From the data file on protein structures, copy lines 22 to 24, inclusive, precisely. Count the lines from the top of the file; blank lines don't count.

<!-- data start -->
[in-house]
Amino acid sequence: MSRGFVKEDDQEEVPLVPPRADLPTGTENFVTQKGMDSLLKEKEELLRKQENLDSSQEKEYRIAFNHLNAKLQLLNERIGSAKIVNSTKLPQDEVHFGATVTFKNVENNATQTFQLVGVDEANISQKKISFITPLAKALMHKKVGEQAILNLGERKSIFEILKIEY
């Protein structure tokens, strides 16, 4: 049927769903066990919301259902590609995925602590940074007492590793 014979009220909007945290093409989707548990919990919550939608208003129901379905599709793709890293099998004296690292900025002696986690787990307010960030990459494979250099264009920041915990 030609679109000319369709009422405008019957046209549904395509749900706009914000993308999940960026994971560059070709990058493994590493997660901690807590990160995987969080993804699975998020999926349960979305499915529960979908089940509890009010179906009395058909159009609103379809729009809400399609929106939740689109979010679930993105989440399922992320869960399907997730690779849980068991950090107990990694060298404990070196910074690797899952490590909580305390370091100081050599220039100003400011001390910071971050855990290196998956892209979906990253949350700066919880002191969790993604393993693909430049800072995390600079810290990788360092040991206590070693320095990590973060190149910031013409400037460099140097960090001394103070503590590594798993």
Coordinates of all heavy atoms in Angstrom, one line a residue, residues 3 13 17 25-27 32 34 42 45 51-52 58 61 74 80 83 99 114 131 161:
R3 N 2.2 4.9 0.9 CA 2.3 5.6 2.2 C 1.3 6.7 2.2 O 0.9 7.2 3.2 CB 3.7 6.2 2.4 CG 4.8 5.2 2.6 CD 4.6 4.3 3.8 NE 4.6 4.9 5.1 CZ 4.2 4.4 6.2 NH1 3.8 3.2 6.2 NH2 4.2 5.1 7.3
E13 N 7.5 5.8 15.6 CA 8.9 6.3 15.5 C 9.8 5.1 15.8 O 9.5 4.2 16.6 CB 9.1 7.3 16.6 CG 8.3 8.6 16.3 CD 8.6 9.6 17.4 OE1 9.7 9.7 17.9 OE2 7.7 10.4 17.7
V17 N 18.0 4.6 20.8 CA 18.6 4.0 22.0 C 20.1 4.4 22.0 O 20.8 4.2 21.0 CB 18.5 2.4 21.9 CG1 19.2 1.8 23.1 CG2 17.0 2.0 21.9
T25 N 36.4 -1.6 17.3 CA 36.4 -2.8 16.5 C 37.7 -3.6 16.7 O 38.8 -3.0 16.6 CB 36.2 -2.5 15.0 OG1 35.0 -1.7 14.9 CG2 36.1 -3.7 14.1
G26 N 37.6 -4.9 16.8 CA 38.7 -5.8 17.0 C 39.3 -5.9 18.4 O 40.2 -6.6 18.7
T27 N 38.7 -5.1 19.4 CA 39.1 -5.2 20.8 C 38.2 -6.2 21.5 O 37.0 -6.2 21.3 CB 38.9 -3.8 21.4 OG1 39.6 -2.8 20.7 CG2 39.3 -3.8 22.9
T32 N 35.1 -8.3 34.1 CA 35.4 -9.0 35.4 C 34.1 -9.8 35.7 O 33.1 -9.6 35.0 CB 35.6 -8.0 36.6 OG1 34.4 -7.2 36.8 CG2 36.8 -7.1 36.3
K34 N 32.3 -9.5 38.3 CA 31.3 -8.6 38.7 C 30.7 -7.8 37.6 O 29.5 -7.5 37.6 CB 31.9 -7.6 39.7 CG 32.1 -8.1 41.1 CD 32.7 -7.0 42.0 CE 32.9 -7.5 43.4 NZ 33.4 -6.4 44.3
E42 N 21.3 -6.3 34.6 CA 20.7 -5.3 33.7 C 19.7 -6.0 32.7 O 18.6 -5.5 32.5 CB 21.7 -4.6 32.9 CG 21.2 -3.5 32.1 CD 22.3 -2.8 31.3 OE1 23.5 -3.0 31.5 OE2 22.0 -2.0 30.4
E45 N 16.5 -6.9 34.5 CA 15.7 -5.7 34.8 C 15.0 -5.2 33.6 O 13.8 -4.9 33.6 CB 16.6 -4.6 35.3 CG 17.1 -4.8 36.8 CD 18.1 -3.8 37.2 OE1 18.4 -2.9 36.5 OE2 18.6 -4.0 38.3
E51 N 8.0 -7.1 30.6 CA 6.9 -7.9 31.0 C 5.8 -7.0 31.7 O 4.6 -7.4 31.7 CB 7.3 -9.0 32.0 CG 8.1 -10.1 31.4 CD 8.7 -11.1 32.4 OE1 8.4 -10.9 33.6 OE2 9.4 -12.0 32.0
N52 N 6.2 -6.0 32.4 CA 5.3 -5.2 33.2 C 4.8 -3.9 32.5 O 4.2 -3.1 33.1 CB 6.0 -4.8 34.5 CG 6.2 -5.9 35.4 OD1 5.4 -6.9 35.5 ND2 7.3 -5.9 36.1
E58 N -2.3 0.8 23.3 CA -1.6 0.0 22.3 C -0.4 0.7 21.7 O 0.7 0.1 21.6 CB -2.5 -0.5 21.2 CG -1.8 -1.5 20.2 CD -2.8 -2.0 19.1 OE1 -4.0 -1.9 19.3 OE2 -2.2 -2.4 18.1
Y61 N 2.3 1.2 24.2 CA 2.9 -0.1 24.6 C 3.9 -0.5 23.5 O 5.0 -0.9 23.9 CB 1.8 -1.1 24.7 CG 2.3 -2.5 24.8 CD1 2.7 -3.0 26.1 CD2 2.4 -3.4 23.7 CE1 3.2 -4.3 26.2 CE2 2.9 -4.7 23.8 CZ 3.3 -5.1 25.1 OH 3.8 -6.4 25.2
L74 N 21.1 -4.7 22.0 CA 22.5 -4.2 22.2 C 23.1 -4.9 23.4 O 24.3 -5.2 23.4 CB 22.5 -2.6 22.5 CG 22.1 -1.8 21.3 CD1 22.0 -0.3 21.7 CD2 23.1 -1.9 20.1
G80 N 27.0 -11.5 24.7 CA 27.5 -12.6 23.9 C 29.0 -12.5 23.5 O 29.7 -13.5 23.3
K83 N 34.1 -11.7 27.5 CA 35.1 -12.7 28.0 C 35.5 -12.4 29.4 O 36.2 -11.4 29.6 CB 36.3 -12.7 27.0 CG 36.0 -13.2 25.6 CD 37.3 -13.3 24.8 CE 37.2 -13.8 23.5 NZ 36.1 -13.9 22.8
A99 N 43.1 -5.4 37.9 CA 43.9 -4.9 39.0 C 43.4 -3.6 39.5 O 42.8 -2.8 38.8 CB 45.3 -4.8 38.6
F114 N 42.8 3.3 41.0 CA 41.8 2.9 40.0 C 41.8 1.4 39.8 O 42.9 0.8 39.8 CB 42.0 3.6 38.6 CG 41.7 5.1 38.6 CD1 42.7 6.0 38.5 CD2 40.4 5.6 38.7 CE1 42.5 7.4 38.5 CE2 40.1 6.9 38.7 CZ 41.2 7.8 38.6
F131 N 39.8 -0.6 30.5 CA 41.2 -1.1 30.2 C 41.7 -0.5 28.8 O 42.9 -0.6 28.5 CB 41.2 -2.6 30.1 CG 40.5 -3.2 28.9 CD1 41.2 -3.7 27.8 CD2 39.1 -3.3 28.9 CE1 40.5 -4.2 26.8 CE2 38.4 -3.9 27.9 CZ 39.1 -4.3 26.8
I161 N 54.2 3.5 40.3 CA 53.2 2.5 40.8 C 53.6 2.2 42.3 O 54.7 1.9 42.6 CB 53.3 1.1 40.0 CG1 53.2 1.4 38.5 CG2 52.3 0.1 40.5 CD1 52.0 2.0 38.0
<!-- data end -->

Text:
A99 N 43.1 -5.4 37.9 CA 43.9 -4.9 39.0 C 43.4 -3.6 39.5 O 42.8 -2.8 38.8 CB 45.3 -4.8 38.6
F114 N 42.8 3.3 41.0 CA 41.8 2.9 40.0 C 41.8 1.4 39.8 O 42.9 0.8 39.8 CB 42.0 3.6 38.6 CG 41.7 5.1 38.6 CD1 42.7 6.0 38.5 CD2 40.4 5.6 38.7 CE1 42.5 7.4 38.5 CE2 40.1 6.9 38.7 CZ 41.2 7.8 38.6
F131 N 39.8 -0.6 30.5 CA 41.2 -1.1 30.2 C 41.7 -0.5 28.8 O 42.9 -0.6 28.5 CB 41.2 -2.6 30.1 CG 40.5 -3.2 28.9 CD1 41.2 -3.7 27.8 CD2 39.1 -3.3 28.9 CE1 40.5 -4.2 26.8 CE2 38.4 -3.9 27.9 CZ 39.1 -4.3 26.8